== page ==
Use These Two Methods to Reduce Moire Patterns in After Effects

Two of the main issues that you certainly will come across when shooting with a low-resolution camera (even with a 4K camera in some cases) that records 8-bit video are the moire and banding artefacts. Whereas the latter can be overcome with a unit that simply provides higher bit-depth, certain post-production techniques can help you to reduce the nasty moire patterns considerably.

Below D.L. Watson showcases an efficient workflow in After Effects that minimizes the effect of these artifacts when particularly dealing with a Blackmagic Pocket Cinema Camera footage. Of course, the method might not completely remove the issue, but it will certainly make it less noticeable. And the great thing is this technique can be utilized for other cameras which have the same problem.

To get started, just open your BMPCC DNG sequence or a ProRes file in After Effects. Before you drop the files in a new composition make sure that you set the Color Depth to 16-bit. You can access this setting in the Project Settings. Once you’ve dragged the clip to your composition, zoom in and look for the problematic areas in the video that need to be treated.

Further, create a new Adjustment Layer. Now,  go to Effect in the main menu,  navigate to Blur&Sharpen section and choose Gaussian Blur filter. Set the Blurriness to 5, go the Adjustment Layer Settings and change the Transform mode from Normal to Color. This way the Blur filter that you’ve just applied will affect only the Color Channel, not the Lumenocity of your clip. This workflow should instantly eliminate most of the nasty moire colour shimmering that you see in your video.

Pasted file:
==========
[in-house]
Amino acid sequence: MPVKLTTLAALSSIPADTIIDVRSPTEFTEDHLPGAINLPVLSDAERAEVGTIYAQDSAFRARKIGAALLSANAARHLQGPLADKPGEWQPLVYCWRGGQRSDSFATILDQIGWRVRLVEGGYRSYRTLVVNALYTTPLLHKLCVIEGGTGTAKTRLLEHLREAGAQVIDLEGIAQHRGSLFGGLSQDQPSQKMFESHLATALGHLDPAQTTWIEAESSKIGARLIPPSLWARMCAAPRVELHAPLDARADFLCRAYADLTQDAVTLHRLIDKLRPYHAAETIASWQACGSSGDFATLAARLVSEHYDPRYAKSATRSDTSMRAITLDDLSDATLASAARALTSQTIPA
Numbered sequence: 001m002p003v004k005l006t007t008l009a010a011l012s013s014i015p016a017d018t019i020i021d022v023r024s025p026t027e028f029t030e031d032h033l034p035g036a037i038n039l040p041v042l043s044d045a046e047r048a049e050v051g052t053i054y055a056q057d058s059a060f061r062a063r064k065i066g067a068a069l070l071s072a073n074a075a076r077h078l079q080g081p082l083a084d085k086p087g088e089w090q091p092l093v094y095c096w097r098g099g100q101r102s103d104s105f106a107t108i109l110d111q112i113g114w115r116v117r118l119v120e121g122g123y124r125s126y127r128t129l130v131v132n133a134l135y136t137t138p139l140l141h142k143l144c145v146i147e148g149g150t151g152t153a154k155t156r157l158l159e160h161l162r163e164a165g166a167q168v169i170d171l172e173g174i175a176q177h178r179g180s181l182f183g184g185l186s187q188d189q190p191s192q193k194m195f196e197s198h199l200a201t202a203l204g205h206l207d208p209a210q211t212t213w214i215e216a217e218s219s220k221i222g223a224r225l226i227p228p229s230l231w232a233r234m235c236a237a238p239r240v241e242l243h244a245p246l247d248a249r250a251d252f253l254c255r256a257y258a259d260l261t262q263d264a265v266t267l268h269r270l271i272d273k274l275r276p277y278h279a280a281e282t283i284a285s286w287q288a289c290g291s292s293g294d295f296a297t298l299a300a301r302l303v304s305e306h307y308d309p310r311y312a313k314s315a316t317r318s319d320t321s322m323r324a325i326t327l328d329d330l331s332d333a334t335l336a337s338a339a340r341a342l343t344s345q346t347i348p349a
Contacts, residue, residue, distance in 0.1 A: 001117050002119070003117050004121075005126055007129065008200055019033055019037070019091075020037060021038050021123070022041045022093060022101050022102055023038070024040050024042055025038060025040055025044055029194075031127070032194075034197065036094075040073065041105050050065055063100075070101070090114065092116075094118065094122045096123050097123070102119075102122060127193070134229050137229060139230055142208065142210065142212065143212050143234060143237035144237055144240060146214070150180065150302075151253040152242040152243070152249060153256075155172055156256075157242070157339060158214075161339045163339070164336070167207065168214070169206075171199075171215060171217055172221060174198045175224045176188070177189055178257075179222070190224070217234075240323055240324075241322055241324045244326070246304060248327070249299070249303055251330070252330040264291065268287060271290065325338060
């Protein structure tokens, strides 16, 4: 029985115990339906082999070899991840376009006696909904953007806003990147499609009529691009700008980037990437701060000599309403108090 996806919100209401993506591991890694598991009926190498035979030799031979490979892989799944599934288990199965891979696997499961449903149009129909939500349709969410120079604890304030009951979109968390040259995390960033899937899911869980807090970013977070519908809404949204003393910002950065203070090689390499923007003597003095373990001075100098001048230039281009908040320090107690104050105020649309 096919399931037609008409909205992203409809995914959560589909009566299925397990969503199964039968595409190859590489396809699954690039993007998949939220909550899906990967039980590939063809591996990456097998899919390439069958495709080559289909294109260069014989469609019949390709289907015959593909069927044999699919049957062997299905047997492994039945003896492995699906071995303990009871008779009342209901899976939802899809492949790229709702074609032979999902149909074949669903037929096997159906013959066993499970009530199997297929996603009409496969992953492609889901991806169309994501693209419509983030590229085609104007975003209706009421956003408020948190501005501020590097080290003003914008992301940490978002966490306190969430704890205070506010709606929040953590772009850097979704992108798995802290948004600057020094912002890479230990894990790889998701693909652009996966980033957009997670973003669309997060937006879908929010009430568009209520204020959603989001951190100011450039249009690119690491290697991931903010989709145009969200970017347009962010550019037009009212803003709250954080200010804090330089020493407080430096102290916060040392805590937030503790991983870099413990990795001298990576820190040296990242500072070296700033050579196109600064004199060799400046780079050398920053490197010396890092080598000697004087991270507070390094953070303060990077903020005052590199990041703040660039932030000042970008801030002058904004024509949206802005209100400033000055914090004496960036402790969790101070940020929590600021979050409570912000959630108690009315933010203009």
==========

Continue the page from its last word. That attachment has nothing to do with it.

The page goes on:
If you want to take the process one step further, you can track the movement of the problematic areas of your clip and apply the effect only to those specific areas of the video. Once the Tracker completes the processing, you need to create a Null Object and apply the tracking data to the Null Object. Create another Adjustment Layer and make sure that you parent it with the Null Object.

Apparently, this step will allow you to apply the effect along with the camera movement. Utilize the Pen Tool if you want to create a mask around separate parts of the image that need to be processed. In general, try to reduce the moire artifacts and use this technique before doing any colour correction or colour grading to your footage.


Another approach to deal with moire artifacts suggests using the same method, but this time, you may want to use the Median grain filter instead of Gaussian Blur or Tint.

Either way, you’ll be able to achieve decent results and get rid of the moire, or, at least, make the footage usable for your project.

[source: D.L. WatsonZura Lomidze]

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